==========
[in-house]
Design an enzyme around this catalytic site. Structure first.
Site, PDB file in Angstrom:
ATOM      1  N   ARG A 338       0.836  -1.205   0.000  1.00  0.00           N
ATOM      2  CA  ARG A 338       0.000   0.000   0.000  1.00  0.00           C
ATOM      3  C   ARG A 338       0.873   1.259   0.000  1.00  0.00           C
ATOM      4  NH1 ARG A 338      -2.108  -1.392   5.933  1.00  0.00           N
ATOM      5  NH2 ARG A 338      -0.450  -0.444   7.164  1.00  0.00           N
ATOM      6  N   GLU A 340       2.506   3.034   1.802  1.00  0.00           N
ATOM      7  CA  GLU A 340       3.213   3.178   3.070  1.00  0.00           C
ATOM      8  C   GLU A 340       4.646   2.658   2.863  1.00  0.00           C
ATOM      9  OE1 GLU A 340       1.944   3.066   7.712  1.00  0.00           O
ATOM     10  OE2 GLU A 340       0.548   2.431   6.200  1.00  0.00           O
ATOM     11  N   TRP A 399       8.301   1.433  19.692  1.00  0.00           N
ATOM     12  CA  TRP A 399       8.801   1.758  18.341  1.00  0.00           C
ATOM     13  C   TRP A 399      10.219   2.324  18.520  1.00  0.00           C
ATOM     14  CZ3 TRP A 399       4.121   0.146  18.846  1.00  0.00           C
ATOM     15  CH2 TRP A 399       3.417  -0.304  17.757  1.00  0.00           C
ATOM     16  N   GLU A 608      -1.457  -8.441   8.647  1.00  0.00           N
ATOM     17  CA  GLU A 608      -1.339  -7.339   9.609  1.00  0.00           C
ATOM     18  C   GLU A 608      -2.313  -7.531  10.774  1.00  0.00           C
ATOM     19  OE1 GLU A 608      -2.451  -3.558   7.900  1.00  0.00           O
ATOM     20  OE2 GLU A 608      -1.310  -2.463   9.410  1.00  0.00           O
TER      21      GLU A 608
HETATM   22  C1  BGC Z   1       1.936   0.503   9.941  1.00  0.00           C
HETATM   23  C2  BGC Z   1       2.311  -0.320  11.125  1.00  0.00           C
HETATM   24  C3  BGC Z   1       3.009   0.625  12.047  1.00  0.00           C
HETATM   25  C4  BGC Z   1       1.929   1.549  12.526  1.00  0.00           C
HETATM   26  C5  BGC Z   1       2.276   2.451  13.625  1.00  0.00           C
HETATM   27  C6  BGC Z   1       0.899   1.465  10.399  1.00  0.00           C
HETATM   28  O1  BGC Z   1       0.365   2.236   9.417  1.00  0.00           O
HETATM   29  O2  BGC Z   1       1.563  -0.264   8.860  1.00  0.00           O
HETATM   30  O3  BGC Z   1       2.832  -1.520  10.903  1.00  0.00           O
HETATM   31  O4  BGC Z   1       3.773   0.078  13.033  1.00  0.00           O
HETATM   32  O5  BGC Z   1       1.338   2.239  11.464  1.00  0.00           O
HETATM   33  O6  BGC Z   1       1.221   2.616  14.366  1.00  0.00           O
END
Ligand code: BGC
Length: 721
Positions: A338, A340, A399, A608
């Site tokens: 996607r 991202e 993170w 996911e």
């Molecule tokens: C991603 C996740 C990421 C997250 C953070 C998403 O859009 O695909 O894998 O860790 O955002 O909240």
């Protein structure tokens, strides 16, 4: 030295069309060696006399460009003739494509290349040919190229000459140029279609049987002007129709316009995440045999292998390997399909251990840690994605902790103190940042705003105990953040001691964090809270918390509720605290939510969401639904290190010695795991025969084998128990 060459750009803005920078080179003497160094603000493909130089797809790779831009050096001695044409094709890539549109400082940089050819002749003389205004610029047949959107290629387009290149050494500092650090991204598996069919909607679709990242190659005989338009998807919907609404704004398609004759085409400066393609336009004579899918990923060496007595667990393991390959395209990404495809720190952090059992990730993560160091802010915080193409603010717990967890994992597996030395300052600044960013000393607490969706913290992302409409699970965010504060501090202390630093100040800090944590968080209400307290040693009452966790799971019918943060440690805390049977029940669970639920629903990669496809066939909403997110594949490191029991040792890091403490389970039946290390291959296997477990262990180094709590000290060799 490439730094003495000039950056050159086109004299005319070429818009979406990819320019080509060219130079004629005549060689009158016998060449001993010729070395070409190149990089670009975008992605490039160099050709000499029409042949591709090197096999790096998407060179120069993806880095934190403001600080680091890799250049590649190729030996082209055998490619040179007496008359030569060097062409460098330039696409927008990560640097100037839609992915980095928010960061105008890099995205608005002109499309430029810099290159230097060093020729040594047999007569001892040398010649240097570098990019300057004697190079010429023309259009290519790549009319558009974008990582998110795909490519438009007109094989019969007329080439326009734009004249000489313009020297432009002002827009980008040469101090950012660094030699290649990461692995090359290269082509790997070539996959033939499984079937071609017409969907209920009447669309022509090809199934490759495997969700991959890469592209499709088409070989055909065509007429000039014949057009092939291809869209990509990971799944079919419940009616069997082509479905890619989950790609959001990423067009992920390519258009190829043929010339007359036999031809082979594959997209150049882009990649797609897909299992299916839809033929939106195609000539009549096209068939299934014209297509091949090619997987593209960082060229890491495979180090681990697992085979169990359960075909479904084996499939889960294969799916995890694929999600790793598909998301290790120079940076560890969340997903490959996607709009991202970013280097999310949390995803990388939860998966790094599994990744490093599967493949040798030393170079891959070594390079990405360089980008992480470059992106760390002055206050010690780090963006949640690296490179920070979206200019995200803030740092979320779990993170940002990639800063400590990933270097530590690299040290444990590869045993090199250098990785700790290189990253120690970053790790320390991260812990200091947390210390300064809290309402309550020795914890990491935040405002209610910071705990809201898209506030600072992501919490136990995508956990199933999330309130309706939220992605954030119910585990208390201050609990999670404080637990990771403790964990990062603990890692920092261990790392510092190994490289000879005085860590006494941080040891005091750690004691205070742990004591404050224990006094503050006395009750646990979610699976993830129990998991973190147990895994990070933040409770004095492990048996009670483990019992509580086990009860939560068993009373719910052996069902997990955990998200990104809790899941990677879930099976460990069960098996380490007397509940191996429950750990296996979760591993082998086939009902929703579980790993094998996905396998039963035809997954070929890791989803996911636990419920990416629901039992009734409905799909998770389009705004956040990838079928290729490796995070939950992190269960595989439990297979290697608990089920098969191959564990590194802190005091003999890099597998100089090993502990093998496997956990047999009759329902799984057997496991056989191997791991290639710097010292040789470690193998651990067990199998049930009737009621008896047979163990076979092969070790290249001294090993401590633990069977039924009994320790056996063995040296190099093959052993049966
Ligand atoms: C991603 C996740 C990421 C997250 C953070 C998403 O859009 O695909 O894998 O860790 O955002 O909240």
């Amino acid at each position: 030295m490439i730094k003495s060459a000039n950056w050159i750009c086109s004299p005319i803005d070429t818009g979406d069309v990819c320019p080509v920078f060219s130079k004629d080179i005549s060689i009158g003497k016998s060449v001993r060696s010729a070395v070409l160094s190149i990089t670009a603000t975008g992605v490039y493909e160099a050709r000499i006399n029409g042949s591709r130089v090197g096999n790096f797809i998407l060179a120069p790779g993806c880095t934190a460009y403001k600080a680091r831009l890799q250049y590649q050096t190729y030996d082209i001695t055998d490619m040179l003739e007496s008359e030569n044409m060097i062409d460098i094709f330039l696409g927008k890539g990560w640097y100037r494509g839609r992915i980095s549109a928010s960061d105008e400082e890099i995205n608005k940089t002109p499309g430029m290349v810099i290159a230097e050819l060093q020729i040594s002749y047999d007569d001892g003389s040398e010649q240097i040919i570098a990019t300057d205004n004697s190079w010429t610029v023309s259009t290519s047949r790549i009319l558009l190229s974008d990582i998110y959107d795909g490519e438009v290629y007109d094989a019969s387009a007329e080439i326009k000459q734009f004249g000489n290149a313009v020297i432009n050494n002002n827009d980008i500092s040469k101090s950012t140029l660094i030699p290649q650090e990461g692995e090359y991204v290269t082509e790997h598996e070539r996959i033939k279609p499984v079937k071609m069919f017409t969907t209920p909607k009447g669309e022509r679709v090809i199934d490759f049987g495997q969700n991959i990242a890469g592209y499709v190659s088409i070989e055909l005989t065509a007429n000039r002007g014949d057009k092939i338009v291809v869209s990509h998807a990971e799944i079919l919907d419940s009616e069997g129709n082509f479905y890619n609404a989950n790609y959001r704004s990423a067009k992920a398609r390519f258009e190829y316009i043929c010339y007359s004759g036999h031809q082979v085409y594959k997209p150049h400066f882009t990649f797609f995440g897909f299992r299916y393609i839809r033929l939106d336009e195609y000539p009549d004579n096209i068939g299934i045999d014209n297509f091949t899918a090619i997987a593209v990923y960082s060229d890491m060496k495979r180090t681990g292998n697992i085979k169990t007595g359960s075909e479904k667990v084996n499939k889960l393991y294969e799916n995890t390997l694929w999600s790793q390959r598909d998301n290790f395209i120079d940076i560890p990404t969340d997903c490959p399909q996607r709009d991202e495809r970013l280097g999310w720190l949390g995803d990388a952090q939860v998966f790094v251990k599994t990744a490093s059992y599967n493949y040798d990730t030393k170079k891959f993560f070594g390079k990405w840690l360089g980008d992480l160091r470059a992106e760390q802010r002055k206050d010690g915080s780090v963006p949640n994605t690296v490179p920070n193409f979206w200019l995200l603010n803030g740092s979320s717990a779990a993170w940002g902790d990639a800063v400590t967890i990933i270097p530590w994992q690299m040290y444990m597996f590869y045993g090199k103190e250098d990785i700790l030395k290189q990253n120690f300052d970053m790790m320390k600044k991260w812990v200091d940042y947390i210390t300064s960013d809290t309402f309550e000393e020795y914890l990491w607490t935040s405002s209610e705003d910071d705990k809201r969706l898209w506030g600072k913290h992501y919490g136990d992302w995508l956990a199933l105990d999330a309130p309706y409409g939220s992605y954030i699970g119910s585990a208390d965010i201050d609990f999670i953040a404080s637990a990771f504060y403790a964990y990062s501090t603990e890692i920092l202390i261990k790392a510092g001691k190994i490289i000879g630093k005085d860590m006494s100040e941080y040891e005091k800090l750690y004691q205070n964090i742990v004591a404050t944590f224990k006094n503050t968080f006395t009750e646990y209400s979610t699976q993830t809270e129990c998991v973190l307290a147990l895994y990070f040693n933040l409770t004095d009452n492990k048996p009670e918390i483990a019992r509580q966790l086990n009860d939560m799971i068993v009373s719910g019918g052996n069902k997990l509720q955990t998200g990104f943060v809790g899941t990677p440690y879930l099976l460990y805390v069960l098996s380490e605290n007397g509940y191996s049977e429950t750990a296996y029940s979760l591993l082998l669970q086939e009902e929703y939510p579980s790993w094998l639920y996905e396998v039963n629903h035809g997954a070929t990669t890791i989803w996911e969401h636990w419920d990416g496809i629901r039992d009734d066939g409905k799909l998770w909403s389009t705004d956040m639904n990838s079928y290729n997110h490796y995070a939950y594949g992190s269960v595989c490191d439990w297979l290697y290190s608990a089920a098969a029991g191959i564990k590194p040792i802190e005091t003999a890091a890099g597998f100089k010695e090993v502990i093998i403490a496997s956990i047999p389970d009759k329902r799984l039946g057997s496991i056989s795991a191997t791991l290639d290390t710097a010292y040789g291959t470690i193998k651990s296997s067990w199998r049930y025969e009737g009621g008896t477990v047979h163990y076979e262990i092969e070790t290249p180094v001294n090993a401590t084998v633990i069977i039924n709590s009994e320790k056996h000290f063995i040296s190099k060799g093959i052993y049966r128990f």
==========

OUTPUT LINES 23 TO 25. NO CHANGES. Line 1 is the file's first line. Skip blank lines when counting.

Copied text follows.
ATOM     20  OE2 GLU A 608      -1.310  -2.463   9.410  1.00  0.00           O
TER      21      GLU A 608
HETATM   22  C1  BGC Z   1       1.936   0.503   9.941  1.00  0.00           C